Air Transport World

US Majors. (ATW's World Airline Report).(major US airline statistics)

ALASKA AIRLINES: The main subsidiary of Seattle-based Alaska Air Group resumed the growth program that largely had been on hiatus for two years owing to the January 2000 crash of one of its MD-80s followed by the impact of 9/11. While most US Majors were shrinking last year, Alaska grew capacity (ASMs) 8%, second only to ATA Airlines among the 10 largest US passenger carriers. It also did a pretty good job of filling the extra seats as RPMs rose 7.6%, resulting in a virtually flat load factor.

With a cost structure positioned between the larger network airlines and the low-fare herd, Alaska has not been bled as badly as larger rivals, but it has not turned the corner on profitability either. At the group level it lost $118.6 million in 2002, or $67.2 million excluding the effects of a noncash charge relating to a change in accounting standards. Red ink continued to flow in the first quarter of 2003 as AAG reported a net loss of $56.3 million. Although this seemingly was an improvement over last year's first-quarter loss of $85.1 million, prior-year results were net of a $51.4 million noncash special charge. Deterioration was visible at the operating level, where operating loss widened to $78.6 million from $49.6 million in the 2002 quarter.

In late 2001, Alaska began operating transcon routes, a step that has improved utilization while reducing cost per ASM, which fell 2.4% last year excluding the impact of fuel and a further 1.3% in this year's first quarter. In May, Group Chairman John Kelly retired under a previously announced succession plan that saw President and CEO Bill Ayers assume the chairman position as well.

Alaska is one of a handful of US airlines not to have announced layoffs since 9/11. It reached agreement with its 2,200 aircraft technicians on a new two-year contract this spring.

AMERICAN AIRLINES: Don Carty spent most of 2002 and early 2003 trying to persuade unions at American of the need for substantial wage reductions and productivity improvements in order to avoid bankruptcy. The unions eventually came around, but Carty was not there to see it. In late April he was forced to resign as chairman and CEO after tentative labor agreements unraveled at the eleventh hour upon disclosure of the existence of special pension and bonus packages for senior management.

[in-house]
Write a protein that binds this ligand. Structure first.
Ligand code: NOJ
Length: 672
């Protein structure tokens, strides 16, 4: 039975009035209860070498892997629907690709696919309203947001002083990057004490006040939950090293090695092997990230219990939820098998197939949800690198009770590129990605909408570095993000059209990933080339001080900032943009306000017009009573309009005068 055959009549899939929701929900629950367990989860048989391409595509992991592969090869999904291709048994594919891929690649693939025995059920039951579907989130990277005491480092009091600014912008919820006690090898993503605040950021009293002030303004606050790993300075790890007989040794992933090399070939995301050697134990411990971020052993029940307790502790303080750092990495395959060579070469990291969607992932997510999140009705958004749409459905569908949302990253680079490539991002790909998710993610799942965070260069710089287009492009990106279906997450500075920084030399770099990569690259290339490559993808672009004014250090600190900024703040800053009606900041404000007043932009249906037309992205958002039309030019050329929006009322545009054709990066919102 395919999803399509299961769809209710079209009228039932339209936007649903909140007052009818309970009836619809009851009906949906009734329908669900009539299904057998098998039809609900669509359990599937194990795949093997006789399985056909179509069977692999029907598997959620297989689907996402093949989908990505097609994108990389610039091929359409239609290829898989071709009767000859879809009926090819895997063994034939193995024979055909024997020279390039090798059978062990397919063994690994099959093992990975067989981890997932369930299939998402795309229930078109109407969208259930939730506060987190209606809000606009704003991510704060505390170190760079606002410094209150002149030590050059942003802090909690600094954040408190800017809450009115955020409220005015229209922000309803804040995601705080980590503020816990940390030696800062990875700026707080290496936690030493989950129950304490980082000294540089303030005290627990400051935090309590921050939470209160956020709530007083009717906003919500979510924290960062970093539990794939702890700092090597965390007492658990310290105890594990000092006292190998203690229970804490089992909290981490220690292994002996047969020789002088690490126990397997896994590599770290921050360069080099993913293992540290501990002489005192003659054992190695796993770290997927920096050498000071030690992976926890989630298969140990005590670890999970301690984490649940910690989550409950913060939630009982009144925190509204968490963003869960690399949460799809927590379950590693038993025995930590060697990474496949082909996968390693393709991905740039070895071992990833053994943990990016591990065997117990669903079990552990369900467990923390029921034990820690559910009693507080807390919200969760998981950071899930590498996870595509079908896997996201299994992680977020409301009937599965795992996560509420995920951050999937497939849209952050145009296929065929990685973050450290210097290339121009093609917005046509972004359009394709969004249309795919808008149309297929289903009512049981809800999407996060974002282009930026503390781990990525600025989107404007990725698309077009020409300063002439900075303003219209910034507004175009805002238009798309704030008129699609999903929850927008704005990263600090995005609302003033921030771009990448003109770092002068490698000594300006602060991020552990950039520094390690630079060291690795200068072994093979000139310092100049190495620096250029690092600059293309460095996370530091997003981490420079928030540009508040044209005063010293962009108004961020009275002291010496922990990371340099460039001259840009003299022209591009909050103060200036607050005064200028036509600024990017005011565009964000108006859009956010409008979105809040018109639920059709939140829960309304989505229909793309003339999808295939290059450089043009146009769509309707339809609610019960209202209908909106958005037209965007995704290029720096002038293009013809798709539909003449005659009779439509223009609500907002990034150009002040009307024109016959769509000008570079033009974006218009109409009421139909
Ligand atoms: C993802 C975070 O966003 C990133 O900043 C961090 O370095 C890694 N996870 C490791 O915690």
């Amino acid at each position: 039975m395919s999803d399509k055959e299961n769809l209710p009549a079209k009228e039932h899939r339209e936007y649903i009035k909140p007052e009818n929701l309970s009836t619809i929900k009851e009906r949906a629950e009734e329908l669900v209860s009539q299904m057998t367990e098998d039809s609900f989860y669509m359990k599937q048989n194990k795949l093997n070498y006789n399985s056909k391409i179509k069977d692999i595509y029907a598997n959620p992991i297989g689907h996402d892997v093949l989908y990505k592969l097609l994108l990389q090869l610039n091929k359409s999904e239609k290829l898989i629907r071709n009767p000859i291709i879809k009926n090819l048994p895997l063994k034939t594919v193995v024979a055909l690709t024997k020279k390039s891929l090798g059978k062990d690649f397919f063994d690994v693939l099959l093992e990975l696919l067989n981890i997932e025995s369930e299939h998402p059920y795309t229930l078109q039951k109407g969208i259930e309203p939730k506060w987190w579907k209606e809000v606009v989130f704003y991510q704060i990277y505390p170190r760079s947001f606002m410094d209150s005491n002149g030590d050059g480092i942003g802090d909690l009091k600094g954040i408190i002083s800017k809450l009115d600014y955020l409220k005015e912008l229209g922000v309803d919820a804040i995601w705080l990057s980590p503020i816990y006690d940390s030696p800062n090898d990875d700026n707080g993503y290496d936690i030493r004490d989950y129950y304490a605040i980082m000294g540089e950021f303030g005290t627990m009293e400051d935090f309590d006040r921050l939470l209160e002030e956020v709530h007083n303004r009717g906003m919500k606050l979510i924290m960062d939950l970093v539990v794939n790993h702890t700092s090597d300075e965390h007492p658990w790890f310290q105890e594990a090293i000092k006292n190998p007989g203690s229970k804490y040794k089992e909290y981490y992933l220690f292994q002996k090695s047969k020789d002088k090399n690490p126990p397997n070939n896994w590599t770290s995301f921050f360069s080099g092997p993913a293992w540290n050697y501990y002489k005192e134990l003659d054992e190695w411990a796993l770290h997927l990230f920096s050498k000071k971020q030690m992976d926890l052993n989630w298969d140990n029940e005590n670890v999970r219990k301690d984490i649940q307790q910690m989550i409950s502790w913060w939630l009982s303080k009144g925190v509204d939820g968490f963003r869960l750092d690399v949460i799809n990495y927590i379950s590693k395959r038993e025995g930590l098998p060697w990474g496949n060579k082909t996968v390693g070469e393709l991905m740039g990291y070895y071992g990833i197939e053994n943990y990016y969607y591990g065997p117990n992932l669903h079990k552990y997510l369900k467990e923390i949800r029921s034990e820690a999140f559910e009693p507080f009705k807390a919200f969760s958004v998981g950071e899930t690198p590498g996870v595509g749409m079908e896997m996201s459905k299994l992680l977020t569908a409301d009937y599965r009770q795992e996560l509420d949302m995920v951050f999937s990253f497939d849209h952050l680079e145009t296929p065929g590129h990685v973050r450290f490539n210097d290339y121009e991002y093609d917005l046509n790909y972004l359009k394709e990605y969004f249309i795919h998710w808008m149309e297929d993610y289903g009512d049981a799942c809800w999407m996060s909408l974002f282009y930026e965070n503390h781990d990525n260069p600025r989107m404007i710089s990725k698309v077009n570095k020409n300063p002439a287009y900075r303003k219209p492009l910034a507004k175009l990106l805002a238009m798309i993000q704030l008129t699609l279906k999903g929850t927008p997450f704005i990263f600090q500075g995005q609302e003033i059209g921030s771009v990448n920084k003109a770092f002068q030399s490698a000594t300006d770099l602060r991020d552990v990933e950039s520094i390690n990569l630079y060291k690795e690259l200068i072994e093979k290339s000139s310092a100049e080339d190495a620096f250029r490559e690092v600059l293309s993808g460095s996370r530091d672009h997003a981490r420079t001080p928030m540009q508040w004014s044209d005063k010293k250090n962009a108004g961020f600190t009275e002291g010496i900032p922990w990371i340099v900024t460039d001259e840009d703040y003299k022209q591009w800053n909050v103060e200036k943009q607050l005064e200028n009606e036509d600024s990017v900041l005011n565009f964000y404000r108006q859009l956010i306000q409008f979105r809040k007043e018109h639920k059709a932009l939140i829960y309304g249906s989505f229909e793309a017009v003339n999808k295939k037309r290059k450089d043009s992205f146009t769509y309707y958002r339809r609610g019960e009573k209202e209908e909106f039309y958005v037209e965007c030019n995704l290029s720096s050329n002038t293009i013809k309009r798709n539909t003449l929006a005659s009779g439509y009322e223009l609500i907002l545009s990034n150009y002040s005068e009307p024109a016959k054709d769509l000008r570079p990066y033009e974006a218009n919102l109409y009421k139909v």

It fell to his successor as CEO, former President and COO Gerard Arpey, to complete the deals, which were softened from their earlier terms. American expects to save $1.8 billion per year over the next five years--down from 6.5 years in the original agreements--in large part owing to efficiencies in the new labor contracts that will permit it to operate with significantly fewer people, Shortly after they were signed, AA announced it would eliminate 7,000 positions. Partly reflecting the absorption of TWA in 2001, the workforce at the end of March still numbered 104,000, although this was down from 109,500 in the year-ago period.

The labor cost savings, in conjunction with nearly $2 billion in previously identified savings and revenue enhancements, mean that American has cut close to $4 billion in annual costs from its budget. But even now Arpey remains cautious about the carrier's ability to remain aloft without filing for Chapter 11 protection. "By any measure, we have our work cut out for us. We are clearly not out of the woods yet," he said after the labor agreements were ratified.

Such caution is understandable given the scale of losses over the past 24 months: $3.5 billion in 2002 on top of $1.76 billion in 2001, or $3.4 billion over the two years if special charges are excluded. Nor did things improve in the first quarter, when AA spilled another $1 billion in red ink.

Faced with low-fare competition in an estimated 80% of its markets and the dwindling high-yield business travelers around whose travel patterns high-cost hubs were designed, AA has gone back to the drawing board. In April 2002 it unveiled a "depeaked" or "rolling" hub at Chicago O'Hare and brought the model to Dallas/Fort Worth in November (ATW, 11/02, p. 22).

In May, in his first major step since taking command, Arpey said American will eliminate its More Room Throughout Coach program on its 34 A300-600Rs and 140 757s. …

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